Time to say goodbye to the family before leaving for the unknown, for unknown period of time.
I left to Kuopio, and to our summer house in Vaajasalo, on the last day of August, which is also the last day of summer.
The summer is over, since syyskuu (September) means fall month. I was wearing 3 layers of clothes and, well, it was not too hot.
On Saturday I went blueberry picking and had baked a pie before 10 am. In the evening we had a crayfish party, which is an annual fall time fest specially popular among the Swedish Finnish people and in the west coast of Finland. My cousin works in one of the fanciest restaurants in Finland, where the price per crayfish is 12€. My brother ate probably 40 crayfish alone – thank God our food came from local (cray)fishermen!
Sunday was rainy and too much like the crappy fall that I am running away from to Japan. I went to my grandparents’ place, and the plan was to go berry picking on Monday. Due to constant rain, the plans changed to baking and munching comfort food and the berries my grandparents had already picked.
If I had more self-discipline, I probably could take some of our bakings with me to Japan. Knowing myself, there will be nothing left by next weekend. At least I’ll have memories!
Ps. I also “dropped my winter fur” (swam for the first time this year) on the first day of fall this year! The combination of sauna and icy lake is something special, for sure. At first I was being a sissy, but then the sisu took over.
My brother is currently in the Utti jaegaer regimen, which is probably the hardest and most challenging army training in Finland. He’s running up and down the hills, swamps and the hardest terroirs with 30kg backpack and gear in for 12 hours a day, standing in form for 3 hours straight after that, and God knows what else. Men throwing up and passing out is not bizarre, and their minds are constantly tested with encouragements to leave the service.
This Saturday the 44 jaegaers of this year gave their military vows. After marching, parade, few hyms and walking around with flags the platoons showcased their weapons, gear and had a demo of skydiving jumps (the jaegaers jumped off a bench, rolled on the ground and were rewarded with push-ups if the rolling wasn’t done in proper manner). I had not seen my brother since before he started his training in June, so I was rather anxious to get to measure his biceps and punch him in the stomach to see how hard his pecks were.
The soldiers got to go on their weekend holiday at exactly 2 pm, even though we were done eating (pea soup and pancake with strawberry jam, the every Thursday-tradition on a Saturday) after 12.30. So, we waited and waited, then finally got to take our soldier home for 2 days.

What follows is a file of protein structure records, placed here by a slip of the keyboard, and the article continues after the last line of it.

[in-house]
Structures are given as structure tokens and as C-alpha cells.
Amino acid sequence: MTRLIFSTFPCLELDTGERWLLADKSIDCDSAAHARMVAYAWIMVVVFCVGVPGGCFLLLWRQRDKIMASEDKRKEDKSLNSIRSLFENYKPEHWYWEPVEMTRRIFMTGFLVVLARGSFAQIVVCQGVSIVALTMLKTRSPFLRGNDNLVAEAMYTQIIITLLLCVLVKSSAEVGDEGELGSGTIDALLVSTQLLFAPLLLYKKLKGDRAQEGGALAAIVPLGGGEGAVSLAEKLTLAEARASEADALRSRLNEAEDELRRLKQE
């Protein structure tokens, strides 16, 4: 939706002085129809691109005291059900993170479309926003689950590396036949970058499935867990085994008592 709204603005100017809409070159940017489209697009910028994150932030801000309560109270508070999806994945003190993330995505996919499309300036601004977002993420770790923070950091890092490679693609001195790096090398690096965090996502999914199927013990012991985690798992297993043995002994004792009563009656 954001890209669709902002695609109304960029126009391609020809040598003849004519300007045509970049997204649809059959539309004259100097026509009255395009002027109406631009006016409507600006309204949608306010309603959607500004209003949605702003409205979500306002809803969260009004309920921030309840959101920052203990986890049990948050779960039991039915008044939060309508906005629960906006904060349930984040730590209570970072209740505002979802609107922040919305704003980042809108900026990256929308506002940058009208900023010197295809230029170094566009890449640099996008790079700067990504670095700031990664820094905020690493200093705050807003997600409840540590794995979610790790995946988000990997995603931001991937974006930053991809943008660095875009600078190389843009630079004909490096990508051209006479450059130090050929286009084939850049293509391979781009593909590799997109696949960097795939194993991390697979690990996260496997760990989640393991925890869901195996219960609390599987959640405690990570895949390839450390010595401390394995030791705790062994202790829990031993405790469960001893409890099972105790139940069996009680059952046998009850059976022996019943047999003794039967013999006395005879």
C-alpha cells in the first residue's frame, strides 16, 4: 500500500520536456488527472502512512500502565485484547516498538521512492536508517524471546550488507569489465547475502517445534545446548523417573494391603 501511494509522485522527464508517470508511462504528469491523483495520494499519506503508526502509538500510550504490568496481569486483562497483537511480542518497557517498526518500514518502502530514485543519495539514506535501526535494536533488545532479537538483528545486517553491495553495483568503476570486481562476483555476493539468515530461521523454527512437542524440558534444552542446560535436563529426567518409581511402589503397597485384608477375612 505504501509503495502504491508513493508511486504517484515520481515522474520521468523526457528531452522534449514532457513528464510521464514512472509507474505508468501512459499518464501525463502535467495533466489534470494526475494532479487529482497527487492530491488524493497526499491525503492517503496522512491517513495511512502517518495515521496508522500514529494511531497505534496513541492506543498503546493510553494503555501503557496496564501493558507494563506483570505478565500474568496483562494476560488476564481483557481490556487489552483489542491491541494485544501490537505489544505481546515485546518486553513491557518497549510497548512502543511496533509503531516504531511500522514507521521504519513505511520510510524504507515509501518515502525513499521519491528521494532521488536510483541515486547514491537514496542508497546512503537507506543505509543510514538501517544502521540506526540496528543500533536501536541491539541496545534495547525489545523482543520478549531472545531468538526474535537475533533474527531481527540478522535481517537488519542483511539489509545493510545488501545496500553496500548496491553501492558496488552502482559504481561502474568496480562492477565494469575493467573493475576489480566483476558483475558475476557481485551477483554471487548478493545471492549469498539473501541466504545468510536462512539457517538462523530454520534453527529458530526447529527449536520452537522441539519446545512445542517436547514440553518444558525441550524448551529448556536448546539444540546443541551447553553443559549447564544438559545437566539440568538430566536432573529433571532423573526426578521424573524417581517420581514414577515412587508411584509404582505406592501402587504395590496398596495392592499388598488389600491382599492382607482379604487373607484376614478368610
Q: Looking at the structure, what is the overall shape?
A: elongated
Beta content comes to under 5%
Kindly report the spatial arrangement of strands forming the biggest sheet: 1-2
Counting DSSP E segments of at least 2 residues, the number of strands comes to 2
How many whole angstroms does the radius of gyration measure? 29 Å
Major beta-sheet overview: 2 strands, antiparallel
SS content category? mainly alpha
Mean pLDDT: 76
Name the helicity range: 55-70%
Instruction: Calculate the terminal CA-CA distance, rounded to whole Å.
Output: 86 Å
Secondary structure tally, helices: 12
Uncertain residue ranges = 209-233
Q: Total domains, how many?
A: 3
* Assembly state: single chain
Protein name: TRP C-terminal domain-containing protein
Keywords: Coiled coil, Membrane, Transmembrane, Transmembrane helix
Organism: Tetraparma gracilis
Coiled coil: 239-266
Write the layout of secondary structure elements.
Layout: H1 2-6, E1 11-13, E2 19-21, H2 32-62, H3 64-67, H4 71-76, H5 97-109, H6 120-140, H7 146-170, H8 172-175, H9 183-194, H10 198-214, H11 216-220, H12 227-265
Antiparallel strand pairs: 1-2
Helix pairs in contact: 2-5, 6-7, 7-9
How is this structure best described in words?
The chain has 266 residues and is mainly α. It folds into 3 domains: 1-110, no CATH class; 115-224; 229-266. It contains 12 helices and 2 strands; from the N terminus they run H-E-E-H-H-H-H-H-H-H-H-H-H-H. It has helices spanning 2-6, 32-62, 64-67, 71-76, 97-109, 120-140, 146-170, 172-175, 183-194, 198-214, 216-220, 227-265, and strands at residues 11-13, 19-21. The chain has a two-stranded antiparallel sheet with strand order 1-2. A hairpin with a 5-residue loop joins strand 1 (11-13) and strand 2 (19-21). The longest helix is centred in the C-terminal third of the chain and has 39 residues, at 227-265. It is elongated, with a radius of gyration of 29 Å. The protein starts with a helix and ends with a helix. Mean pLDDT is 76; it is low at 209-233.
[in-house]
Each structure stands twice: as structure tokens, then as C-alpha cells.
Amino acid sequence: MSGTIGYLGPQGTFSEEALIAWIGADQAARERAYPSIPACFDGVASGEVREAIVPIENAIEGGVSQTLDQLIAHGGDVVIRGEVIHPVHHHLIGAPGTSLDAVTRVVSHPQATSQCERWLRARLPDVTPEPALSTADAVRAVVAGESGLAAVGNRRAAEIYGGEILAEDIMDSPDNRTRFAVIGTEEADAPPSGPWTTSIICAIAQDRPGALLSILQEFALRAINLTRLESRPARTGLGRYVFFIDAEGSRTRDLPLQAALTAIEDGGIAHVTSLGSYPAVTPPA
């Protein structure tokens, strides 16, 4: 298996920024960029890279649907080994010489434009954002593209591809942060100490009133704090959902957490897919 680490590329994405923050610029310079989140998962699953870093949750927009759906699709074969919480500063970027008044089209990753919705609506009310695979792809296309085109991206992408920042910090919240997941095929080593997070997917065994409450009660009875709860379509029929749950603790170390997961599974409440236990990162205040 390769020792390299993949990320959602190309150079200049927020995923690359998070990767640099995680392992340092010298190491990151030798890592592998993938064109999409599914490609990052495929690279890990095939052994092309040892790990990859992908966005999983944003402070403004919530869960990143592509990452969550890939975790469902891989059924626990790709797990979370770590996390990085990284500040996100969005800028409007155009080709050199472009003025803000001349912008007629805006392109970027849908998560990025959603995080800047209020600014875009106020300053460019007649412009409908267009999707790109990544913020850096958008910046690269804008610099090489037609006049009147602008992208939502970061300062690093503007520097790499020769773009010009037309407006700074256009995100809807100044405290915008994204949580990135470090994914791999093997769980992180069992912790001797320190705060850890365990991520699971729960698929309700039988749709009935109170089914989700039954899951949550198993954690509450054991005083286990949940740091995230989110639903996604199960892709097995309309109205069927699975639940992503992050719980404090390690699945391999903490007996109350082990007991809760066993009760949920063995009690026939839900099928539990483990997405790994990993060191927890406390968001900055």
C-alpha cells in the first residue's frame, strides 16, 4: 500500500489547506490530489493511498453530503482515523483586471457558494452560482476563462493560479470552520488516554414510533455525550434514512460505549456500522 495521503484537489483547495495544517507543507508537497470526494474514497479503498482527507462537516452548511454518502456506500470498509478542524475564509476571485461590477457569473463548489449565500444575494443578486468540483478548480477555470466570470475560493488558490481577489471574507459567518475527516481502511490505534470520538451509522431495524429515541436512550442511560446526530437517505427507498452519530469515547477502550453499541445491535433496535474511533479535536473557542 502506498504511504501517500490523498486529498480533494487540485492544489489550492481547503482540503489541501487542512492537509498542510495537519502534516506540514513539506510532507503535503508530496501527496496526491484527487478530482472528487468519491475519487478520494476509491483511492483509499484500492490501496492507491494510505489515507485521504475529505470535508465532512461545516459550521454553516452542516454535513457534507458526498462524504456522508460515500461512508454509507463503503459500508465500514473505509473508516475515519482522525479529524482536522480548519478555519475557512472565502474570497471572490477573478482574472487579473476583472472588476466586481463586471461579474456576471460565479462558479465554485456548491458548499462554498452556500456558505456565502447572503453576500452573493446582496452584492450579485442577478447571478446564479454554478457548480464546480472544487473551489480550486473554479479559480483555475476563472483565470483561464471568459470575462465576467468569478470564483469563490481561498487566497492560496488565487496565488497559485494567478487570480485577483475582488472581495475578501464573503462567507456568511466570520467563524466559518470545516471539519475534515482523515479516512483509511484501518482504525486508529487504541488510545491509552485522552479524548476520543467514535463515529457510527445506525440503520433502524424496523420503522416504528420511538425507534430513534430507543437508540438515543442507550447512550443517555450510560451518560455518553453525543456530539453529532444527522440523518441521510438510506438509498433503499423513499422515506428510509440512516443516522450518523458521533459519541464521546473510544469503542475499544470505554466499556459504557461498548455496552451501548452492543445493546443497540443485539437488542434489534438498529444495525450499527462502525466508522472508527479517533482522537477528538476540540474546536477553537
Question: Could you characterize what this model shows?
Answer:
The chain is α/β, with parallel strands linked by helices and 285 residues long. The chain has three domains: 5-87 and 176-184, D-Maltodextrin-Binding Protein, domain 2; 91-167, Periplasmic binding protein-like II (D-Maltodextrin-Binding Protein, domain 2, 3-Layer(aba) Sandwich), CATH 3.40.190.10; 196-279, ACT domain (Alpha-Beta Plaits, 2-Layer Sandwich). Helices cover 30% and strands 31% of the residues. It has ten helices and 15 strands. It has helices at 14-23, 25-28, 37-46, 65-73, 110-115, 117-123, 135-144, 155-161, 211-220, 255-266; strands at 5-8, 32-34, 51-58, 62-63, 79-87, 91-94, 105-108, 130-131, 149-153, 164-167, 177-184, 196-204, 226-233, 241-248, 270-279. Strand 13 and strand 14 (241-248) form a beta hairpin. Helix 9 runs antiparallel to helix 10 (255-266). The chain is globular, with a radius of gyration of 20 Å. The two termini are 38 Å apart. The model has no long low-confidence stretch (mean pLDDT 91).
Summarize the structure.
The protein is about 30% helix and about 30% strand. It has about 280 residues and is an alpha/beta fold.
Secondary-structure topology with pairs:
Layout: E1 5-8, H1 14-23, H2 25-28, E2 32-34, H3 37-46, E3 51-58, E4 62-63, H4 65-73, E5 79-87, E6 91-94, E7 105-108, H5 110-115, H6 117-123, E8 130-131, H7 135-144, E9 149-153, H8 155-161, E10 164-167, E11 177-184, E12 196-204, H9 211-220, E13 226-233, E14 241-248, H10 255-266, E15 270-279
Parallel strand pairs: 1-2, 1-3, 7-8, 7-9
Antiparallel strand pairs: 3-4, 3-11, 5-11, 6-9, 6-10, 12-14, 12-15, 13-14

Back in New York, I came across something different military-wise. I wonder how these conditions would work today.
When our family gets together, it always happens around the table. Usually, the table is filled with some of the traditional delicacies my grandmother (pictured) masters. This time we were treated to the best-known local delicacy of Kuopio, Savo, where my family originally comes from.
Traditionally, Kalakukko (Fish Rooster, rooster deriving from the old word kukkaro which means purse) is made of one sort of fish: vendance, lax or perch, layered on rye dough base with pork. The rye dough is then used to cover the stuffing, and the purse is put into the oven overnight. Kalakukko can be enjoyed warm or cold, and the crust also tastes good with butter.
The rest of the family enjoyed their kalakukko the traditional way, but mine was made without meat – in stead, it had rutabaga and carrots in the filling. I prefer my kalakukko this way, without the lard and with some freshness! The kalakukko was so good I could have eaten it all at once!
Usually people buy their Kalakukko from the central market square in Kuopio, or from some of the country markets that are around Finland. This dish is a bit expensive, the price per kilo is easily from 15 to 30 euros, probably because it is hand-made. When making the Kalakukko yourself, it takes a lot of patience and caution, since you have to make sure that the crust doesn’t leak the stuffing. Baking the Kalakukko in the right temperature for the right time takes skills that you learn by time. I would not dare to make Kalakukko myself, but I have had few rather successful attempts together with my mother.
People from Savo region in Eastern Finland have a funny dialect and a quirky sense of humor. I am proud of my Savonian roots even though I have lived my whole life in the Western Häme region, and my dialect is far from my grandparents’. It is fun to visit Kuopio, and hear how people talk totally different from what I hear in my daily live. It is also interesting to hear my mother talk on the phone to her sisters or parents – she somehow subconsciously always changes the way she speaks when speaking to someone in Kuopio.